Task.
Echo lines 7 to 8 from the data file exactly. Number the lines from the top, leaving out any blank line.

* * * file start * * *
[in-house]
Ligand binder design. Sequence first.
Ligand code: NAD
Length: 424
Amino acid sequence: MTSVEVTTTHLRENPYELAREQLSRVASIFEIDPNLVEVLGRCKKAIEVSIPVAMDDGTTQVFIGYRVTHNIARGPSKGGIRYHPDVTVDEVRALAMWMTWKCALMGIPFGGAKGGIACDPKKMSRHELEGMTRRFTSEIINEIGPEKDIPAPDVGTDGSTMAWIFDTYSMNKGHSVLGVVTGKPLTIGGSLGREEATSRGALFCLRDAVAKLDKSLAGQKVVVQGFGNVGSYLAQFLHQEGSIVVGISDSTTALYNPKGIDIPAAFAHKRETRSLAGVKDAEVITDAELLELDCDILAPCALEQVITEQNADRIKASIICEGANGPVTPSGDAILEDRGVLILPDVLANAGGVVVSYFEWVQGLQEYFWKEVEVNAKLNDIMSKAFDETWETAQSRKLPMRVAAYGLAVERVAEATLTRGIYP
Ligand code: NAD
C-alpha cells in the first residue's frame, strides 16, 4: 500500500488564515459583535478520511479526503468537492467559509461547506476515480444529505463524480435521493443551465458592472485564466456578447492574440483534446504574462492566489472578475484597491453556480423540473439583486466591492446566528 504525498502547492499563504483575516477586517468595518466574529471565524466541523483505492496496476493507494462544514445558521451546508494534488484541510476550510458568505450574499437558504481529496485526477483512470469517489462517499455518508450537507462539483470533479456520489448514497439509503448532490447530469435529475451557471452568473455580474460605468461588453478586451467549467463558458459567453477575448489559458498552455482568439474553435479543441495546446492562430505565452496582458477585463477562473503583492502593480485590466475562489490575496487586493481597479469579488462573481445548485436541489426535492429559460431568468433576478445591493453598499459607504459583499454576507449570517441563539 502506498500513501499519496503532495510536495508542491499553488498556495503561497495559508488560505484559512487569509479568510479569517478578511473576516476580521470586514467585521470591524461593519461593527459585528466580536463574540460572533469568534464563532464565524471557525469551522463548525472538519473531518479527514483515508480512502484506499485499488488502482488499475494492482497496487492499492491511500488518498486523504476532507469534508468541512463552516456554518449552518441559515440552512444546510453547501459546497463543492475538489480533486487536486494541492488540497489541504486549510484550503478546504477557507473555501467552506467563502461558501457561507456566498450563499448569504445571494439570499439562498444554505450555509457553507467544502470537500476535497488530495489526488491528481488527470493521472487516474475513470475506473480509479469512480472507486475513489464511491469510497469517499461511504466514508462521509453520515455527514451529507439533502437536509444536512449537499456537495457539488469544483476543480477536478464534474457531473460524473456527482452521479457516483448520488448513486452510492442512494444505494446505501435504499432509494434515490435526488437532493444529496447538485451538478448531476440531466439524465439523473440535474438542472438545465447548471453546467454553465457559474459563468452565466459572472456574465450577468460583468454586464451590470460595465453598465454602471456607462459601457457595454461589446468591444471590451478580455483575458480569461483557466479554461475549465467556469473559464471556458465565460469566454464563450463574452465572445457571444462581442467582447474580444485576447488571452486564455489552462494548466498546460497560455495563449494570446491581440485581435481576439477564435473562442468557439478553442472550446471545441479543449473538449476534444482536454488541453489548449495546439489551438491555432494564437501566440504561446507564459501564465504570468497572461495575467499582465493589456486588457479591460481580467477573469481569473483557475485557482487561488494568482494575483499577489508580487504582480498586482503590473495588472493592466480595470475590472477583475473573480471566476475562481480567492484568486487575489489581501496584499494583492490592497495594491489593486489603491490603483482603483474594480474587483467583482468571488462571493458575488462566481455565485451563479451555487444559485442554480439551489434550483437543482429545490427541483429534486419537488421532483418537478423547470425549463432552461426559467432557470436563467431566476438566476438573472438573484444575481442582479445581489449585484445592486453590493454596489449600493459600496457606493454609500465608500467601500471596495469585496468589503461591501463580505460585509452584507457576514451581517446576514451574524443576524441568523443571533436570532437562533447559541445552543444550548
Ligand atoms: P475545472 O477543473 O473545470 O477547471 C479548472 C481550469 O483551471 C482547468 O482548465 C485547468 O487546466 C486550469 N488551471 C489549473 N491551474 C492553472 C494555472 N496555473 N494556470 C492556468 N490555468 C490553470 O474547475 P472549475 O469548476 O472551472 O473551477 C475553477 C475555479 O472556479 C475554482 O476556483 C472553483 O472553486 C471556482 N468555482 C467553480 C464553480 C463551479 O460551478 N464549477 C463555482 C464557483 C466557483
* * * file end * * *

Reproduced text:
C-alpha cells in the first residue's frame, strides 16, 4: 500500500488564515459583535478520511479526503468537492467559509461547506476515480444529505463524480435521493443551465458592472485564466456578447492574440483534446504574462492566489472578475484597491453556480423540473439583486466591492446566528 504525498502547492499563504483575516477586517468595518466574529471565524466541523483505492496496476493507494462544514445558521451546508494534488484541510476550510458568505450574499437558504481529496485526477483512470469517489462517499455518508450537507462539483470533479456520489448514497439509503448532490447530469435529475451557471452568473455580474460605468461588453478586451467549467463558458459567453477575448489559458498552455482568439474553435479543441495546446492562430505565452496582458477585463477562473503583492502593480485590466475562489490575496487586493481597479469579488462573481445548485436541489426535492429559460431568468433576478445591493453598499459607504459583499454576507449570517441563539 502506498500513501499519496503532495510536495508542491499553488498556495503561497495559508488560505484559512487569509479568510479569517478578511473576516476580521470586514467585521470591524461593519461593527459585528466580536463574540460572533469568534464563532464565524471557525469551522463548525472538519473531518479527514483515508480512502484506499485499488488502482488499475494492482497496487492499492491511500488518498486523504476532507469534508468541512463552516456554518449552518441559515440552512444546510453547501459546497463543492475538489480533486487536486494541492488540497489541504486549510484550503478546504477557507473555501467552506467563502461558501457561507456566498450563499448569504445571494439570499439562498444554505450555509457553507467544502470537500476535497488530495489526488491528481488527470493521472487516474475513470475506473480509479469512480472507486475513489464511491469510497469517499461511504466514508462521509453520515455527514451529507439533502437536509444536512449537499456537495457539488469544483476543480477536478464534474457531473460524473456527482452521479457516483448520488448513486452510492442512494444505494446505501435504499432509494434515490435526488437532493444529496447538485451538478448531476440531466439524465439523473440535474438542472438545465447548471453546467454553465457559474459563468452565466459572472456574465450577468460583468454586464451590470460595465453598465454602471456607462459601457457595454461589446468591444471590451478580455483575458480569461483557466479554461475549465467556469473559464471556458465565460469566454464563450463574452465572445457571444462581442467582447474580444485576447488571452486564455489552462494548466498546460497560455495563449494570446491581440485581435481576439477564435473562442468557439478553442472550446471545441479543449473538449476534444482536454488541453489548449495546439489551438491555432494564437501566440504561446507564459501564465504570468497572461495575467499582465493589456486588457479591460481580467477573469481569473483557475485557482487561488494568482494575483499577489508580487504582480498586482503590473495588472493592466480595470475590472477583475473573480471566476475562481480567492484568486487575489489581501496584499494583492490592497495594491489593486489603491490603483482603483474594480474587483467583482468571488462571493458575488462566481455565485451563479451555487444559485442554480439551489434550483437543482429545490427541483429534486419537488421532483418537478423547470425549463432552461426559467432557470436563467431566476438566476438573472438573484444575481442582479445581489449585484445592486453590493454596489449600493459600496457606493454609500465608500467601500471596495469585496468589503461591501463580505460585509452584507457576514451581517446576514451574524443576524441568523443571533436570532437562533447559541445552543444550548
Ligand atoms: P475545472 O477543473 O473545470 O477547471 C479548472 C481550469 O483551471 C482547468 O482548465 C485547468 O487546466 C486550469 N488551471 C489549473 N491551474 C492553472 C494555472 N496555473 N494556470 C492556468 N490555468 C490553470 O474547475 P472549475 O469548476 O472551472 O473551477 C475553477 C475555479 O472556479 C475554482 O476556483 C472553483 O472553486 C471556482 N468555482 C467553480 C464553480 C463551479 O460551478 N464549477 C463555482 C464557483 C466557483